Similarly on the issue of digital locks, linking the picking or circumvention of a digital lock to the intent to infringe copyright would retain the copyright balance, avoid the need for complex exceptions, and do away with specific references to technology. 

Copyright reform is never simple, but a principled, forward-looking approach is the right place to start.


  1. Not disagreeing…
    Don’t take my comments here to be disagreement; they aren’t intended as such. The problem that I see with having the law state principles rather than specifics is that it leaves the law open to interpretation by judges. On some things that isn’t a bad thing; I would include copyright as one of those issues. However, it opens up to comments about reactionary judges creating law rather than interpreting it that can/will be used by the losers in court battles and their supporters.

  2. No copright law is the one that lasts
    I don’t think they can make a copyright law that won’t be broken by at least % of Canadians on a daily basis. Downloading mp3s, copy and pasting, aggregating news headlines, even recording your favorite TV show all fit into a grey area that keeps getting blacker with laws that have little to do with improving the life of average Canadians.

  3. I agree Jeff M.
    Yep, And the ISP’s who are also in media won’t think twice about blocking any content via filter, including Email, if/when changes come. It’s in their best interest.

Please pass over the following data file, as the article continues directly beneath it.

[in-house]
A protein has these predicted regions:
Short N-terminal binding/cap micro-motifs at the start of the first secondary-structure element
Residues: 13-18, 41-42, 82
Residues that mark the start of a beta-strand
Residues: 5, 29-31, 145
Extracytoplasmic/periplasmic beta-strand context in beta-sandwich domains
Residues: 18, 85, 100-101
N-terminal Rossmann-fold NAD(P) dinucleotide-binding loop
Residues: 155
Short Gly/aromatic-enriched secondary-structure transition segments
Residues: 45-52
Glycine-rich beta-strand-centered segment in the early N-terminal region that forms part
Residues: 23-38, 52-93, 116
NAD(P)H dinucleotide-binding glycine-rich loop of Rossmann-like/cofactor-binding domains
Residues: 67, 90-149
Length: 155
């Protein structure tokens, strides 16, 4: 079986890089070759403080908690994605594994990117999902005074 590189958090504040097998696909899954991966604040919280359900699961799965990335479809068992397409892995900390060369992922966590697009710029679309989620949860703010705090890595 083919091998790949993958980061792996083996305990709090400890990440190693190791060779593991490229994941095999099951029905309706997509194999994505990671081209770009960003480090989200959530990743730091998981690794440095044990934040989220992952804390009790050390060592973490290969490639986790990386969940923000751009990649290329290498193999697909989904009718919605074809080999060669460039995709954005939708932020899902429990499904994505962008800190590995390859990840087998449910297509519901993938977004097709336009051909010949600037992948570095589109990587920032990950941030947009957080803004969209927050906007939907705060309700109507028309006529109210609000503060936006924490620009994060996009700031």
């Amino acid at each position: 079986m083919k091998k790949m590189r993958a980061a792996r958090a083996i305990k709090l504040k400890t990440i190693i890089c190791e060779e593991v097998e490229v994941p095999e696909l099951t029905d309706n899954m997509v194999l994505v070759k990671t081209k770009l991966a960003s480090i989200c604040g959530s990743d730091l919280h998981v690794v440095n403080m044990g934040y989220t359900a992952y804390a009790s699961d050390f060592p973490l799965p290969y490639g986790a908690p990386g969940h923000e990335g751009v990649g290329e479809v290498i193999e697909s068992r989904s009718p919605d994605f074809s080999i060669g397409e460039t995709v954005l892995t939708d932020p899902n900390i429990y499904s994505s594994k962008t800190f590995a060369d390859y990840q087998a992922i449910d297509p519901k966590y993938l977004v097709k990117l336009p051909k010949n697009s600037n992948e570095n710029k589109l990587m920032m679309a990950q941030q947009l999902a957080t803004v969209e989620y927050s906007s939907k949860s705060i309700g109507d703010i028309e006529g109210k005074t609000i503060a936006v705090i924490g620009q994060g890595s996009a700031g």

As someone who Emails aggregated news to a certain place I actually already had a run-in with Videotron when they decided to block what I was Emailing (ie links from Quebecor media and others). And it was a daily Email to one person only (a website).

    I got into a tiff with Videotrons abuse deptarment and I told them to fix it and just be a dumb pipe as they are supposed to be.

    Videotron Emailed me back assuring me they are no dumb pipe and they could block what they want.

    Was very enlightening to say the least. It opened my eyes.

    With “balanced copyright law” I expect to see lots more of this as well as ambulance chasing lawyers who will be out for a buck while the ISP’s are stating they are “not dumb pipes” and “can block what they wish” (as was my case).

    Viva la liberte eh. It’s all a cash grab.

  4. Chris Brand says:

    The government has no business in the family rooms of Canadians
    A blanket exemption for more-or-less “anything done in the privacy of your own home” (which would not have to include uploading via the internet), would instantly bring the Act into much better alignment with what people believe is reasonable, and would satisfy a lot of the need for simplification.

  5. Separate Distribution from Copying.
    Back in the time of printing presses, with moderate capital investment required to actually “copy” anything, it made sense to limit copying. By the time the material was printed, it was too late.

    Now, everyone can copy. Copying is easy, and impossible to prevent. Distribution is easier to detect, and it is also the point where the damage happens.

    I think we need to separate right to copy from right to distribute.

    I would like to see a law where you are allowed to make a copy of anything you like. Distribution of that copy is an entirely different thing.

    I would like to see a “Right of First Sale” applied to all copyrighted works. You are able to algorithmically copy or transform the work in any way you see fit.

    Collage? Perfectly legal. Ripping CDs/DVDs/BluRay? Legal.

    DRM? You can put it on, but you can’t prevent me from breaking it.